“A Solemn and an Awful Thing”: Dining with Americans Sickens Dickens

Buss, Robert William; Dickens’s Dream (1875)

To the distinction between dining and merely feeding no one was more alive than Charles Dickens. For him, any refreshment to be gotten from a meal was merely incidental. The true importance of dinner lay not in the dishes that laden the table but in the fellowship to be had around it.

In believing that conviviality trumped digestion, Dickens showed himself quintessentially a Victorian gentleman. Dining in company became cherished entertainment in the nineteenth century, Victorian appetites grown keener for the wit and charm of friends and family than for any cutlet or custard. You can imagine, then, Dickens’s horror upon visiting the United States in 1842 for a comprehensive tour and discovering that Americans reduced mealtime to a barren silence punctuated only by the moist mechanics of ingestion.

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Of Anarchists, Empresses, and Dieting

Empress Sisi and dog circa 1864
Empress Sisi and dog circa 1864, from gogmsite.net

Only those who work are entitled to eat!

Such was the statement made to police by 25-year-old Italian anarchist Luigi Lucheni when asked why he had just stabbed Elisabeth Amelie Eugenie, the Empress Consort of Franz Joseph I of Austria. He intended the act as a “great deed” to redeem the ignominy of his hard life. Born an orphan, he had gone from foster home to foster home, and then, as he grew older, from job to job. Shortly before his crime, he had lost his position as a servant in the home of an Italian duke. Homeless and half-starved, with little prospect of getting another job, he avenged himself on someone he thought knew no such suffering.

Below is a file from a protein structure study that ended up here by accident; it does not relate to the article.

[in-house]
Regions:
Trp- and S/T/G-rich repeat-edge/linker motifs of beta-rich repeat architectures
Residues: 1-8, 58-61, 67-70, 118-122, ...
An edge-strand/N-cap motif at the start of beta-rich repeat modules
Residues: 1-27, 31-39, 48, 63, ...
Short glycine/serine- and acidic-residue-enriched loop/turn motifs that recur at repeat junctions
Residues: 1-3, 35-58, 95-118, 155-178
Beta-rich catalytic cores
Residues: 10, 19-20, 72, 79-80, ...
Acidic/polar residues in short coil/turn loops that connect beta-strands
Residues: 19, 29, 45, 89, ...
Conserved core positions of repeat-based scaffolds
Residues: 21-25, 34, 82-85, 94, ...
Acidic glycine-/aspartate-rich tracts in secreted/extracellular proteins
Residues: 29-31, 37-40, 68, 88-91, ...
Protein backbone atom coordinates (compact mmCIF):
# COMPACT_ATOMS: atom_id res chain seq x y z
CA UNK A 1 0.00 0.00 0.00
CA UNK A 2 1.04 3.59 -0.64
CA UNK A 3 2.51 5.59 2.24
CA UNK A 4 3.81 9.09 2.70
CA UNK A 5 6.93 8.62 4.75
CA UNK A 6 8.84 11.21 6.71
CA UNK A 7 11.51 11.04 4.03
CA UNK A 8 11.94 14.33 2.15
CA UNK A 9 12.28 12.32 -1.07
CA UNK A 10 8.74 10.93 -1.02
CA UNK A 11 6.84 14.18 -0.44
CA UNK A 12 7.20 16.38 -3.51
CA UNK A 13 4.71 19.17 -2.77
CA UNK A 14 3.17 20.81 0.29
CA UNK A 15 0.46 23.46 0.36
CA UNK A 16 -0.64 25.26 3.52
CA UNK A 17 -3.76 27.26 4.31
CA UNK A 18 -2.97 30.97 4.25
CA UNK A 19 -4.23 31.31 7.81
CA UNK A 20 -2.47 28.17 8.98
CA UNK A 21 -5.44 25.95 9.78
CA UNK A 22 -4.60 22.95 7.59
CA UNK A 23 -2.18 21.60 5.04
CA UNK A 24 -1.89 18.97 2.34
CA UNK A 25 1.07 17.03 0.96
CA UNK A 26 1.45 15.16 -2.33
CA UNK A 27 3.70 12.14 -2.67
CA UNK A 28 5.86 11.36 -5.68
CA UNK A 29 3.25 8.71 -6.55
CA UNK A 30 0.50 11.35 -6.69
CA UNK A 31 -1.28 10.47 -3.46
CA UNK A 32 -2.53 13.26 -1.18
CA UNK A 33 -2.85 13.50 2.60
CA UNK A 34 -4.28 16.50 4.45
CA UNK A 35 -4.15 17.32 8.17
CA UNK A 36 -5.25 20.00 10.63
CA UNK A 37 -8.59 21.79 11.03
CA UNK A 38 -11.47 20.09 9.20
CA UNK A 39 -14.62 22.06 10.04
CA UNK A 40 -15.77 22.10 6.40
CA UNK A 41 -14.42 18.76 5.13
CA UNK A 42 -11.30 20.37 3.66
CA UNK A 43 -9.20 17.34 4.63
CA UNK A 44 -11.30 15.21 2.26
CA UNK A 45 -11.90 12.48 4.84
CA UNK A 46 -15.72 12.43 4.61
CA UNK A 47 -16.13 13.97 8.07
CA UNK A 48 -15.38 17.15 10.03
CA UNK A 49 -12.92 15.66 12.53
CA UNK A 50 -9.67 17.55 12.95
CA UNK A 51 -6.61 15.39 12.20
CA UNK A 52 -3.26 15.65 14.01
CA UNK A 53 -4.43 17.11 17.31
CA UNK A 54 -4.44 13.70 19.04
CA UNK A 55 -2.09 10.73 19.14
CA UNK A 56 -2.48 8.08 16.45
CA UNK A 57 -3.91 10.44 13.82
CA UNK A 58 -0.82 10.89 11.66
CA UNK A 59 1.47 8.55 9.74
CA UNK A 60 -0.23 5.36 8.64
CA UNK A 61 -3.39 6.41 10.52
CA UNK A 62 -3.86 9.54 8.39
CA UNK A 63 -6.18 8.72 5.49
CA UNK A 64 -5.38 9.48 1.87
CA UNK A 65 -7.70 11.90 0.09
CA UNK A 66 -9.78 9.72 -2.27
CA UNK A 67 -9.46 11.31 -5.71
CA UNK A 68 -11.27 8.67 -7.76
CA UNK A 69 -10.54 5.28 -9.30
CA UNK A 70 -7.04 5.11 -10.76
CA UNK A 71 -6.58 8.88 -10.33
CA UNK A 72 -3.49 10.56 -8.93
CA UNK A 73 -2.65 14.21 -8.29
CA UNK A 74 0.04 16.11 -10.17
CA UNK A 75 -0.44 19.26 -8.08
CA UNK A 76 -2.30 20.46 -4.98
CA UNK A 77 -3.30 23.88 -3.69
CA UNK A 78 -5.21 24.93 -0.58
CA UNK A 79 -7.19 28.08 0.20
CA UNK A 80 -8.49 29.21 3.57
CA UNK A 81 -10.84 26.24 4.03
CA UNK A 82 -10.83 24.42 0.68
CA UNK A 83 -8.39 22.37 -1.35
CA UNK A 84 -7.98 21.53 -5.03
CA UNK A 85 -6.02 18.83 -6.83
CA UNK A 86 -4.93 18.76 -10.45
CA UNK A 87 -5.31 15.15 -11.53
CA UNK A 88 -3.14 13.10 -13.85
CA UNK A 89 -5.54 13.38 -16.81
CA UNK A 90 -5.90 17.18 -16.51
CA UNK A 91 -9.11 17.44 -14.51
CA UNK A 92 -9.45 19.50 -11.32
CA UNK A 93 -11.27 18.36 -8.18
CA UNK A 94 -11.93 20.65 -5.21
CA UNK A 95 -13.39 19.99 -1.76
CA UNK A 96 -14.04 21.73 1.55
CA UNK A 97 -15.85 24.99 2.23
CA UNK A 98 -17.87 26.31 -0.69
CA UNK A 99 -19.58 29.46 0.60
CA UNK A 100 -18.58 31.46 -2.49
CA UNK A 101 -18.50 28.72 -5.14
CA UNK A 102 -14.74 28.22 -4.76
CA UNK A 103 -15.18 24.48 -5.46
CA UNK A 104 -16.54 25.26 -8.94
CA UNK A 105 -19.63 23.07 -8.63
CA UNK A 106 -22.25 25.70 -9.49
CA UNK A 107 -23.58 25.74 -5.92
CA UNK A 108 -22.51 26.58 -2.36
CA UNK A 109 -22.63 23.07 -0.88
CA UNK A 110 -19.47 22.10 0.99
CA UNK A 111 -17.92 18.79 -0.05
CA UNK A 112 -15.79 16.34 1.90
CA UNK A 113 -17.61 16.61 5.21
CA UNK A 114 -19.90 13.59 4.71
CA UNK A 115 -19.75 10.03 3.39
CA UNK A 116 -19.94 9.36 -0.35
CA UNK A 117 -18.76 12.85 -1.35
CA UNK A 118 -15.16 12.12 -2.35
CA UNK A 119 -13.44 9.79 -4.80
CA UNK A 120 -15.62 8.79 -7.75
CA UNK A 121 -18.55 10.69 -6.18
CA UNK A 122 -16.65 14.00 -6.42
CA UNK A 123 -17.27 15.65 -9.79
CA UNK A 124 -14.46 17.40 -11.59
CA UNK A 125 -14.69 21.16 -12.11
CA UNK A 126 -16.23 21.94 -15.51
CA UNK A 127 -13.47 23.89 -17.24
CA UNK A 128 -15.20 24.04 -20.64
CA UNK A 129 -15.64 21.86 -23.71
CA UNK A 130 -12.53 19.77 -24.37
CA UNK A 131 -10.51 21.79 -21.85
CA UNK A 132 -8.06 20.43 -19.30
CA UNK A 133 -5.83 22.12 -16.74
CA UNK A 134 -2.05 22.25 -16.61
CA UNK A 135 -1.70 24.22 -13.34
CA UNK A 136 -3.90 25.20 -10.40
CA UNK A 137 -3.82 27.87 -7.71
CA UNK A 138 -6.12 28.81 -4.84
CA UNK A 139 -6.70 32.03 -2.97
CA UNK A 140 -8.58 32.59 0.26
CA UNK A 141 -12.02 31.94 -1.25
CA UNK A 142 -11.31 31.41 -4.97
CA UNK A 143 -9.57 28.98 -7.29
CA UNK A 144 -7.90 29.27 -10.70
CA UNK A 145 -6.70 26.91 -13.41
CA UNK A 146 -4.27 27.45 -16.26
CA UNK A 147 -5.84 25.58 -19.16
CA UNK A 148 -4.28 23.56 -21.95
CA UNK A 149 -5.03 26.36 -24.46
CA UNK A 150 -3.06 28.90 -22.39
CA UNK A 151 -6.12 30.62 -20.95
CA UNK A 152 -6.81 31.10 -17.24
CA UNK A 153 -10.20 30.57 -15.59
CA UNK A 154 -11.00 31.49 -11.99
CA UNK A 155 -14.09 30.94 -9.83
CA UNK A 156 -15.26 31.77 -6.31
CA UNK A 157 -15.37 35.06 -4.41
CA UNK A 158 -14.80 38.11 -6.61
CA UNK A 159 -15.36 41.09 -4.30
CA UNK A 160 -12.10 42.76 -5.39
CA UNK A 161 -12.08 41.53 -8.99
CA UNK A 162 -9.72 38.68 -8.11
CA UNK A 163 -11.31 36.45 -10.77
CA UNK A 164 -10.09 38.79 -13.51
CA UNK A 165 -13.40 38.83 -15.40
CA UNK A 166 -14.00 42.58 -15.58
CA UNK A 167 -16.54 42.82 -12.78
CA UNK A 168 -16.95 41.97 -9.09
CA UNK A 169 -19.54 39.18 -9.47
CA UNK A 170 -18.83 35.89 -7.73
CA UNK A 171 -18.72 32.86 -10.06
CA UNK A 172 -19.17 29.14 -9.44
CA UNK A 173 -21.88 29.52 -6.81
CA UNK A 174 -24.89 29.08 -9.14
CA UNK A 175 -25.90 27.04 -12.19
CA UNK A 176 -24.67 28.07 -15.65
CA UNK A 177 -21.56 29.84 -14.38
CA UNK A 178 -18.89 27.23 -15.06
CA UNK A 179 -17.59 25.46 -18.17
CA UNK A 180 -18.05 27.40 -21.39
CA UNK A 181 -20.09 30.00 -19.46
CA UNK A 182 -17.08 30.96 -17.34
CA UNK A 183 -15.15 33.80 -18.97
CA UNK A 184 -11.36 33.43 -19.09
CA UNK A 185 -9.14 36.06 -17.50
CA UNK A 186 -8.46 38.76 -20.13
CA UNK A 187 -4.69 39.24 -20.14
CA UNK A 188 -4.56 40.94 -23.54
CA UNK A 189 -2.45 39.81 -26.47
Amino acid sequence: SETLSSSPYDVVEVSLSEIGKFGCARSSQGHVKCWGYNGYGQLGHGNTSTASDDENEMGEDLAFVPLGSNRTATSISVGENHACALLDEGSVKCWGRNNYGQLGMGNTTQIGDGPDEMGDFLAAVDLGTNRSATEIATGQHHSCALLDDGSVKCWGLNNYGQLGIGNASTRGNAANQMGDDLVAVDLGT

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To Diet Like Kant — A Categorical Imperative?

Emil Doerstling (1859-1940), Kant and His Friends at Table
Emil Doerstling (1859-1940), Kant and His Friends at Table via Wikimedia Commons

The eighteenth-century German philosopher Immanuel Kant, native of the Prussian town of Königsberg and a towering figure in Western thought, was in life a rather diminutive man. His writing reveals that he rued his stature, his “flat and narrow chest” in particular. Yet his negative opinion of it appears to have rested on concerns of well-being rather than personal vanity: A chest as slight as his, he wrote, accommodated but “little movement for the heart and lungs.” Similarly cramped must have been his stomach, for it often troubled him. Such complaints notwithstanding, Kant would frequently put to friends the question, “Is it possible to conceive a human being with more perfect health than myself?” Though the question may be thought to mask a boast, it’s likely Kant really sought validation of his daily habits, which were as regular as they were salubrious.

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